Some studies failed to incorporate a discount rate (Table 1) [29,30,31,35,36,37,38,39,40,41,43,45,47,48,51,52,54]. Discounting allows calculation of the present value of payments that will be made in the future and should be applied when the duration of the analysis is longer than 1 year, otherwise the calculated costs might overestimate the true costs. Effertz et al. [42] incorporated discounting in a 1-year time frame of analysis, whereas for example Alter et al. [35] did not apply any discounting over a time frame of 11.5 years. Furthermore, the discount rates also vary among studies. Effertz et al. [42] used a discount rate of 2% while Kang et al. [53] discounted the costs at a rate of 6%. Hence, the costs reported by Effertz et al. [42] might overestimate the true costs, while the costs calculated by Kang et al. [53] might underestimate them. There is no agreement on the discount rate to be used in the scientific literature, although the World Health Organization (WHO) has recommended using a 3% discount rate [65].
Moreover, it should be pointed out that only four studies [31,35,47,50] include costs for mental disorders as a relevant obesity-related disease. According to Vigo et al. [66], the burden of mental disorders still seems to be underestimated even though e.g., depression as a mental disorder is on the rise globally, according to the WHO [67]. A recent systematic review [68] investigated the relationship between obesity and depression among adult men and women. The results indicate that there is a bidirectional relationship between obesity and depression. Consequently, excluding depression and other mental disorders from the obesity-related diseases may lead to an underestimation of costs. For example, the societal costs of depression in Germany were estimated at €15.6 billion per year [69].
The International Agency for Research into Cancer (IARC) [70] and the World Cancer Research Fund (WCRF) [71] report that common cancers in obese people are endometrial, oesophageal, colorectal, postmenopausal breast, prostate and renal cancer and adenocarcinoma. Less common malignancies associated with obesity are malignant melanoma, thyroid cancers [72], leukaemia, non-Hodgkin’s lymphoma, and multiple myeloma [73]. However, there was a crucial heterogeneity between the studies that included different types of cancer. Kang et al. [53] only included colon cancer as an obesity-related disease, while Konnopka et al. [44] and Lehnert et al. [46] included stomach, kidney, liver, gallbladder, cervix, ovary cancers and non-Hodgkin’s lymphoma, multiple myeloma, and leukaemia in addition to the common cancers in obese people mentioned by the IARC and WCRF. Su et al. [31] included 16 different types of obesity-related cancers in their study. The reported costs due to cancers need to be interpreted with the knowledge that different types of cancer were included in the different studies, which may have led to over- or underestimation of costs. Due to the fact that cancers create a big cost burden for society [74], there is a need for standardization when including cancers in the obesity-related costs. Within the twelve studies that have mentioned the included obesity-related diseases, one study, by Su et al. [31], included obesity-related liver diseases, such as non-alcoholic fatty liver disease (NAFLD), liver fibrosis and cirrhosis of the liver, which are also associated with obesity [75,76]. For example, NAFLD, a very common chronic liver disease worldwide, is on the rise following the trend of increasing prevalence of obesity, and is the second most common indication for liver transplantation, and an important cause of hepatocellular carcinoma [77]. Also, hepatic steatosis is known to be an associated comorbidity of obesity [78]. Consequently, we recommend considering liver diseases when costs of obesity and related diseases are calculated.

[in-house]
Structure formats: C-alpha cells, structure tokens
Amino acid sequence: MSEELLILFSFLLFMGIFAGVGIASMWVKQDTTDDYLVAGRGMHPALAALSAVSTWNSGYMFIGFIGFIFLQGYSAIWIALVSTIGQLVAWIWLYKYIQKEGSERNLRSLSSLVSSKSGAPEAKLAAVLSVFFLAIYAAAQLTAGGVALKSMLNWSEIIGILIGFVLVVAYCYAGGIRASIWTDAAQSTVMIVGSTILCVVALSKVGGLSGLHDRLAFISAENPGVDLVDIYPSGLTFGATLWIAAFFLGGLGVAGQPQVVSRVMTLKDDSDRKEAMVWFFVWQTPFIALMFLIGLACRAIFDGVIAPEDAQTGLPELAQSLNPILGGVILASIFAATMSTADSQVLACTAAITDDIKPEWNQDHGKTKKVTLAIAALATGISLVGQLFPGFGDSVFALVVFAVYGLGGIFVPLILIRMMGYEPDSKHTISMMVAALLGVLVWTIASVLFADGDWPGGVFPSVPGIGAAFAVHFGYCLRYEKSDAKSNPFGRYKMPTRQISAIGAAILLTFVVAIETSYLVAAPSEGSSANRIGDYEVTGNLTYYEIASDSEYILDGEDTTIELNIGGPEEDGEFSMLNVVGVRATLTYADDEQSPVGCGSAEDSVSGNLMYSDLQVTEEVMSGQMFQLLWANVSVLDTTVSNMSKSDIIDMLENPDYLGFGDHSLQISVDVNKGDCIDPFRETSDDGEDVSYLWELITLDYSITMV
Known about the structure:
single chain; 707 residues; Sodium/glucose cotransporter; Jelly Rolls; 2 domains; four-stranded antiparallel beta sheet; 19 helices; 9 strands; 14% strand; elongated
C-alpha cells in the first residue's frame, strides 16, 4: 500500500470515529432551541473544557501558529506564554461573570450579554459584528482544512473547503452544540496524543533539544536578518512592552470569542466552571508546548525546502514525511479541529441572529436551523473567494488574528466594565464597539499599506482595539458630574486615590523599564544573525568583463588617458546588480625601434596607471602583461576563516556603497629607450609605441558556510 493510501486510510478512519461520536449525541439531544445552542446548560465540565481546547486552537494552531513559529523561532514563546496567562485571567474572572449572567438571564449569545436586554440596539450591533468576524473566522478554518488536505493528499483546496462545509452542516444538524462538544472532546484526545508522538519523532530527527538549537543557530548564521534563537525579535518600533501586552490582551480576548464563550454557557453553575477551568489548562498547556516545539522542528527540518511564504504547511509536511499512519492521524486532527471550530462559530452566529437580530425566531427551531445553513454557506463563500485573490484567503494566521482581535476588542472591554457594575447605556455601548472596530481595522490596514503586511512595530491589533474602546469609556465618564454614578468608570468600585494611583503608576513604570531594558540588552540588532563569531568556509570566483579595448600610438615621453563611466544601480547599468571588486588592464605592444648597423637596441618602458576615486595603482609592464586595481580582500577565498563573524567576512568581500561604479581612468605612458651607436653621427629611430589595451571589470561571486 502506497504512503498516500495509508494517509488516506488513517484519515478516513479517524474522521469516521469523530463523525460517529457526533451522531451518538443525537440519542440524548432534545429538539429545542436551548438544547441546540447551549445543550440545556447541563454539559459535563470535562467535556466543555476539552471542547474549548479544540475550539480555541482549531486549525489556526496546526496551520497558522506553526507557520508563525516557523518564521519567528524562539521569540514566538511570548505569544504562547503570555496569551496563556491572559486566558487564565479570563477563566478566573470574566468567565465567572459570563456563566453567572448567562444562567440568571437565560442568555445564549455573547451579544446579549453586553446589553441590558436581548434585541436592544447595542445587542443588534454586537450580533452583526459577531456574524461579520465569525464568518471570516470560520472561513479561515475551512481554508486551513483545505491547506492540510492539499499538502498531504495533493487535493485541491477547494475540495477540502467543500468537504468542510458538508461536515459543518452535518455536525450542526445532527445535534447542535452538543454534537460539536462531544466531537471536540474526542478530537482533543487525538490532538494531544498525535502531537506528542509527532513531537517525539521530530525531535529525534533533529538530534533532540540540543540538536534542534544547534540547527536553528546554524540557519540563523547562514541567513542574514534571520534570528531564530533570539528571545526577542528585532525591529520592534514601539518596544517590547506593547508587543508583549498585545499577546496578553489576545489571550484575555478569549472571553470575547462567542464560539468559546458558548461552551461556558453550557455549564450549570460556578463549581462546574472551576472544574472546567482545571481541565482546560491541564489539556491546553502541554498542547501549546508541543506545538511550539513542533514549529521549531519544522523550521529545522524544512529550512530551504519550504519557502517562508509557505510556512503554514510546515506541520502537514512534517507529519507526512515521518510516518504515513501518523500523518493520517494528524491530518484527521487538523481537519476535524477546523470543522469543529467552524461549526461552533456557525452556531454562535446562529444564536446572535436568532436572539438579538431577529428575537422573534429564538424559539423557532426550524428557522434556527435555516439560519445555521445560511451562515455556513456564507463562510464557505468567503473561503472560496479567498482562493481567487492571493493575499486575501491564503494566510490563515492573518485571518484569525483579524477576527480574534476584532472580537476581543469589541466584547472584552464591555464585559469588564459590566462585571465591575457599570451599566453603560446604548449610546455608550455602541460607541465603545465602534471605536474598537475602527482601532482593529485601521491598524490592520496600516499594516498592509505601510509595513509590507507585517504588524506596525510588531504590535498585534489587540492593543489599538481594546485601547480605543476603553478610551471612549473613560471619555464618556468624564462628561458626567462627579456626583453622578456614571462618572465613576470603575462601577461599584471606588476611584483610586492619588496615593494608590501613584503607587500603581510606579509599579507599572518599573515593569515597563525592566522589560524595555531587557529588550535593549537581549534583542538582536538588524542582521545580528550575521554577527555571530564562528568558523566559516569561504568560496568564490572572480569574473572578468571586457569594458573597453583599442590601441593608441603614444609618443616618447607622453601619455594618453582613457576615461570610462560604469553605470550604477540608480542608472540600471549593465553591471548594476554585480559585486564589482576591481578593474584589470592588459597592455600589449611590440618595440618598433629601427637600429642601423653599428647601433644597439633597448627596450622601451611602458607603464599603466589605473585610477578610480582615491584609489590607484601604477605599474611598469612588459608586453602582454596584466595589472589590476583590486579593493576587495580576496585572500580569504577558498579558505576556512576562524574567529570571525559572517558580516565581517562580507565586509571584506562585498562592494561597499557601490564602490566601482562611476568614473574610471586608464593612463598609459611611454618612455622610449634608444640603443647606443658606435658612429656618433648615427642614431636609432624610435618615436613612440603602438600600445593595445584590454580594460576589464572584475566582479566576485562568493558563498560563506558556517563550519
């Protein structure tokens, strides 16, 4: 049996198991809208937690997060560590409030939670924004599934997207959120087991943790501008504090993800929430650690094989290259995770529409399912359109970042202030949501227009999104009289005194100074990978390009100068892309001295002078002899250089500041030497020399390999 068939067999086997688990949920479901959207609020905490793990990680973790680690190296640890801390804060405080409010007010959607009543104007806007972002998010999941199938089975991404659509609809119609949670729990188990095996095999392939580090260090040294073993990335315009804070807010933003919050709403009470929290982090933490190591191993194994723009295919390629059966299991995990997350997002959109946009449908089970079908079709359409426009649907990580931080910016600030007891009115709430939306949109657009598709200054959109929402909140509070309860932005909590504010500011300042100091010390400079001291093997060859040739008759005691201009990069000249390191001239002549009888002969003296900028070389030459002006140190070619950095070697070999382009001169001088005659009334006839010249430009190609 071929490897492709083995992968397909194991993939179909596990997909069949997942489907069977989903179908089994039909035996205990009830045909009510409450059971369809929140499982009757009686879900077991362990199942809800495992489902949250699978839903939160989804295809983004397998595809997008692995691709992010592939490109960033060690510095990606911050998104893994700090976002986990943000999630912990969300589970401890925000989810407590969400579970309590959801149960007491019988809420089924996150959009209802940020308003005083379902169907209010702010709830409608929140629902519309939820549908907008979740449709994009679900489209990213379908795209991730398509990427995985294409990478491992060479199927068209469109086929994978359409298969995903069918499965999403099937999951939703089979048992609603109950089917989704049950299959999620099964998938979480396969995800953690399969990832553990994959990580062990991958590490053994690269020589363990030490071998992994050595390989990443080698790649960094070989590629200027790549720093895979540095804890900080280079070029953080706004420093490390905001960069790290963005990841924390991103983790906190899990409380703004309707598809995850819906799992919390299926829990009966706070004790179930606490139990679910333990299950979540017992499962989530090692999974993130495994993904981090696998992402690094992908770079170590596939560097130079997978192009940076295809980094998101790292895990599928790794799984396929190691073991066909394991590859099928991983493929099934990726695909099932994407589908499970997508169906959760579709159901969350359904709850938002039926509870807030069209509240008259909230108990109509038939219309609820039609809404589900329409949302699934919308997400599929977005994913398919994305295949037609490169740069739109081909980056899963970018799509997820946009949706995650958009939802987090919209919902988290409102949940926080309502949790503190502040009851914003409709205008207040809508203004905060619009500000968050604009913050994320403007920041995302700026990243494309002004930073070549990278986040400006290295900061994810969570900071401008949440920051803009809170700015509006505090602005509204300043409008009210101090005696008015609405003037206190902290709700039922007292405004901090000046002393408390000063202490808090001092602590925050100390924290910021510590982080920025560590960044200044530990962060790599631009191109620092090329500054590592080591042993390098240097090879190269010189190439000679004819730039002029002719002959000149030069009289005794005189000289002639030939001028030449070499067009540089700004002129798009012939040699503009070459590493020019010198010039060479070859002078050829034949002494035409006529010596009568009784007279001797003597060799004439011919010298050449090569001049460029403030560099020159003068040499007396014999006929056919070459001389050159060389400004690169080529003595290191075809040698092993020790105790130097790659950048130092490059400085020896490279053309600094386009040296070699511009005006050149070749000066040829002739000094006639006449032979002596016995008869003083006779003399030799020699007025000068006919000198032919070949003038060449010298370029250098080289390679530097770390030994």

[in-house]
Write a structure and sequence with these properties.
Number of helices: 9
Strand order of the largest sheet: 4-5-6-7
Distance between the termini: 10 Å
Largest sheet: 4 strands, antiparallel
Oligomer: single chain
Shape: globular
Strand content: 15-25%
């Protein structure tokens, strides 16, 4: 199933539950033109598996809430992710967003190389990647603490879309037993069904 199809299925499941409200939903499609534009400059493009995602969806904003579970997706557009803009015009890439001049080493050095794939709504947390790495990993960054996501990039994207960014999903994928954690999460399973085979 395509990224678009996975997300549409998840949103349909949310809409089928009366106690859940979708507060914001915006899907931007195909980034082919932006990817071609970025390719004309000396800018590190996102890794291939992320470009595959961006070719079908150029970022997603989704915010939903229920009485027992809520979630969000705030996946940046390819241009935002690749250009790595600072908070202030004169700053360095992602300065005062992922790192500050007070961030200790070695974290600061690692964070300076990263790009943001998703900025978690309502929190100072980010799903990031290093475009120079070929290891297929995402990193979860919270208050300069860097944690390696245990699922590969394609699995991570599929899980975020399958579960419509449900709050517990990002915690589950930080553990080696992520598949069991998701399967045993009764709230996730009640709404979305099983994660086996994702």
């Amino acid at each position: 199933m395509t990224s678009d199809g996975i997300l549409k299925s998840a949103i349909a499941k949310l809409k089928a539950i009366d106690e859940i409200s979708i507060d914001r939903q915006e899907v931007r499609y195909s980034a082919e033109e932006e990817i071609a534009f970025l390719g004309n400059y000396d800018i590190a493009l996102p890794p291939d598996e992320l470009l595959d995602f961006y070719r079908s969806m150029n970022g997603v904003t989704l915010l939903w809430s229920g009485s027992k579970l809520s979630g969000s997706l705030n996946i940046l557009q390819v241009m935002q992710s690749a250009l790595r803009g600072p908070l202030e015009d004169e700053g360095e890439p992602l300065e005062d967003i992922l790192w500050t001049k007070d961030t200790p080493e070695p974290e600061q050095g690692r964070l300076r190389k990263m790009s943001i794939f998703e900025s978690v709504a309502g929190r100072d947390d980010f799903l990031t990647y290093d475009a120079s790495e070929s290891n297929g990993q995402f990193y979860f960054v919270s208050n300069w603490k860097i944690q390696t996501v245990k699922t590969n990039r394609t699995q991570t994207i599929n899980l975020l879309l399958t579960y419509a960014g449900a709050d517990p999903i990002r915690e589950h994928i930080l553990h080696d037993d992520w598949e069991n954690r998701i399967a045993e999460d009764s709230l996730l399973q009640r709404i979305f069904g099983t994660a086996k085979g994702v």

We found three studies, from the USA [37], Germany [47] and Sweden [49], in which only indirect costs due to obesity were calculated. While Andreyeva et al. [37] used overall average earnings to calculate the costs, Lehnert et al. [47] and Neovius et al. [49] used the HCA. Therefore, it has to be noted that using overall average earnings may overestimate average earnings for obese workers, especially women, in light of evidence that obesity is associated with low socioeconomic status [79]. Neovius et al. [49] state that using an FCA, compared with the HCA, reduced the estimated productivity losses by about 80%. Therefore, it may be beneficial to calculate indirect costs both using HCA and FCA approach.